Now, wouldn't that make everything clearer?  Perhaps you might not agree with this (or another) clause of the Constitution, but this level of clarity would help to encourage those who wish things were different to work to change the Constitution rather than ignore it.

OK, so now you know your government is screwing you.  What do you do about it?  Well, as was spelled out in detail in the Declaration of Independence back in 1776, people have the fundamental right to rise up and overthrow governments that are abusing their authority.  U.S. citizens still feel this way, and in fact often demonstrate impatience with the citizens of other countries for not rising up and overthrowing their totalitarian regimes.

But wouldn't it be nice if we could get at the crux of the problem before it reaches the level where violent overthrow is necessary?  Of course it would.  It's going to be tough suggesting a method, though.  First off, allow me to point out what won't work: anything involving a majority vote.  Remember, the majority is usually the problem here.  If the basis for rule was the majority, we wouldn't need a Constitution in the first place.  The Constitution exists to protect us from abuses of government even when that government is elected by the majority of the voters.  Simply put, the Constitution serves to protect the individual from the whims of the majority.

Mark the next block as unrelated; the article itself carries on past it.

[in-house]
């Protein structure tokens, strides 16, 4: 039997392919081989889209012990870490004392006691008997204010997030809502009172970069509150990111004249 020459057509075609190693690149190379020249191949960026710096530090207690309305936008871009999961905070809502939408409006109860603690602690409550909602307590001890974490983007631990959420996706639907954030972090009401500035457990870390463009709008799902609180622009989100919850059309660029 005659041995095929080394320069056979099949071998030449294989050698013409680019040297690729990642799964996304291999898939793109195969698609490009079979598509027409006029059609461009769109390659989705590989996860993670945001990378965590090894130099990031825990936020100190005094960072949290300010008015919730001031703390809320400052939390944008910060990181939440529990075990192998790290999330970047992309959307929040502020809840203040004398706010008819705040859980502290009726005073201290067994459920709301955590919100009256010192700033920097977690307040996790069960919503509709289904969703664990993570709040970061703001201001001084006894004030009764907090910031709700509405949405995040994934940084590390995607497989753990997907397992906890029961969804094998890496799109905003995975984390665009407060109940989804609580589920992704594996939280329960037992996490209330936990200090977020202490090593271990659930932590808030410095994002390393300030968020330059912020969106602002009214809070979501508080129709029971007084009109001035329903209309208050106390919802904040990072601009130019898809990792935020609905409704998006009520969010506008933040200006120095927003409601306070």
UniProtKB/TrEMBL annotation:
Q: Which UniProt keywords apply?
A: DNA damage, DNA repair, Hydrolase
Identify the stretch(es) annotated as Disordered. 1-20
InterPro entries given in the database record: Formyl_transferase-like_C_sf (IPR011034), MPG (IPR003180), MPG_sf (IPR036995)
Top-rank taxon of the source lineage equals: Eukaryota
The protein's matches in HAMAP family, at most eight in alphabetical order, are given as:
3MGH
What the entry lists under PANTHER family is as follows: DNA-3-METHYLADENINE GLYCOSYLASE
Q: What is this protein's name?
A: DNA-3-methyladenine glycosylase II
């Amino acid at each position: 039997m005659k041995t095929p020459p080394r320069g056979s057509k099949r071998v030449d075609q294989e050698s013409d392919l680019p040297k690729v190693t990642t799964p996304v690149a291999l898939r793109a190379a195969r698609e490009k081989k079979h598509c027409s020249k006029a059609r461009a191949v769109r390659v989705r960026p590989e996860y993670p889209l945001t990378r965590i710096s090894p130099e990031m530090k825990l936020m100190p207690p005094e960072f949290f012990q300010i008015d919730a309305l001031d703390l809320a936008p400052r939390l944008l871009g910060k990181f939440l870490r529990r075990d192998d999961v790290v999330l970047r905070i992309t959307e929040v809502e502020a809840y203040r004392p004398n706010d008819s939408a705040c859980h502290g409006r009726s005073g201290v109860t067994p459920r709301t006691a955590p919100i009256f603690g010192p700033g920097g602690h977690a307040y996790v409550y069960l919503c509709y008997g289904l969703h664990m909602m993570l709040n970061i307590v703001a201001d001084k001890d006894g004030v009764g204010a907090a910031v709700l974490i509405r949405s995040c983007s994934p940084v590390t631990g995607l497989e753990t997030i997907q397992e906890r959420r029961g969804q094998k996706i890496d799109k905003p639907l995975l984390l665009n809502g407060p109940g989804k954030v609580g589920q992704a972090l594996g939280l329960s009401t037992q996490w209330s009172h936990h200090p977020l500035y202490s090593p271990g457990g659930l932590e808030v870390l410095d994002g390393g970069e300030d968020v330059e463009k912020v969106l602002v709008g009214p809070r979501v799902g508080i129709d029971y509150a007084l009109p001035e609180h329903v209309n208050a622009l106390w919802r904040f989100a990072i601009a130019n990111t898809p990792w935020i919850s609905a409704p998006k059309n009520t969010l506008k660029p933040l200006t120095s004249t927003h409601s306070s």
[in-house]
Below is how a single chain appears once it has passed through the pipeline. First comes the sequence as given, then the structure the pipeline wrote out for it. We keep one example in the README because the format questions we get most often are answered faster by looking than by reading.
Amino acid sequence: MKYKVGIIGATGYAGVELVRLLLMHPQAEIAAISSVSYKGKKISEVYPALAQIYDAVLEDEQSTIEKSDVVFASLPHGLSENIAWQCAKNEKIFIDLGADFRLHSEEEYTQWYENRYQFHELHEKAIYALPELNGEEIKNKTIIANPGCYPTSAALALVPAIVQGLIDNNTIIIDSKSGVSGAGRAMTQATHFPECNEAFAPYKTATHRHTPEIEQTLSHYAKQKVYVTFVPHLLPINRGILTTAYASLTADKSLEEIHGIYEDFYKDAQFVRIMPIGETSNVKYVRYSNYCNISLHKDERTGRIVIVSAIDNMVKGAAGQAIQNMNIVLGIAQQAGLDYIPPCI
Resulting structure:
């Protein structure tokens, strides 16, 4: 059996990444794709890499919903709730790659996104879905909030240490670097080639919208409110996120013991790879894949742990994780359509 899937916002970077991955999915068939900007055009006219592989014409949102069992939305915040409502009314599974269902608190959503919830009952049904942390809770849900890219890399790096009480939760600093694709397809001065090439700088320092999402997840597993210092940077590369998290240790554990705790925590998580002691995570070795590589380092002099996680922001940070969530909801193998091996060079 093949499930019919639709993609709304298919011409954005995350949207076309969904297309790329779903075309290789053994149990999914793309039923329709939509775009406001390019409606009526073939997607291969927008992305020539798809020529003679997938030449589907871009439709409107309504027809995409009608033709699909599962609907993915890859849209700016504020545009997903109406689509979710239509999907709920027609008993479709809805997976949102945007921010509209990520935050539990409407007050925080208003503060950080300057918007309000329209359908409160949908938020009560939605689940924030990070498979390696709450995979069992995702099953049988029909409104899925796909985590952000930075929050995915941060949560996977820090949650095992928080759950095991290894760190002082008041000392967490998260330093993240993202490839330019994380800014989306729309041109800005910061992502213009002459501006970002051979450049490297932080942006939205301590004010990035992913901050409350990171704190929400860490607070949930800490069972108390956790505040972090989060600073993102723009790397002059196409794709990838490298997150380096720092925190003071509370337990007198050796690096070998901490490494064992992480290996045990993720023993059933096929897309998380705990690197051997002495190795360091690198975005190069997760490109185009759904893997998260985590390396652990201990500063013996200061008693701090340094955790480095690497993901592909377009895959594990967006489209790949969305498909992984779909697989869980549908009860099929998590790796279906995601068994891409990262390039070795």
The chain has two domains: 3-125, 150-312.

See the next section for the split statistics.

What's really needed is a variation on the Supreme Court with less (to be exact, zero) connections to the other branches of the federal government.  A system by which an aggrieved party, regardless of their political popularity, can have their complaints heard and responded to fairly.  And, this system must have the authority to correct the problem -- to expel elected officials from office, if necessary.

It helps to imagine a group that you really hate -- say, the American Nazi party or al Qaeda or whomever -- and imagine that they have a legitimate beef about their freedom of speech being denied.  If you can imagine a system where these people will get a fair hearing and can actually get action to correct the situation, you have imagined the system we need.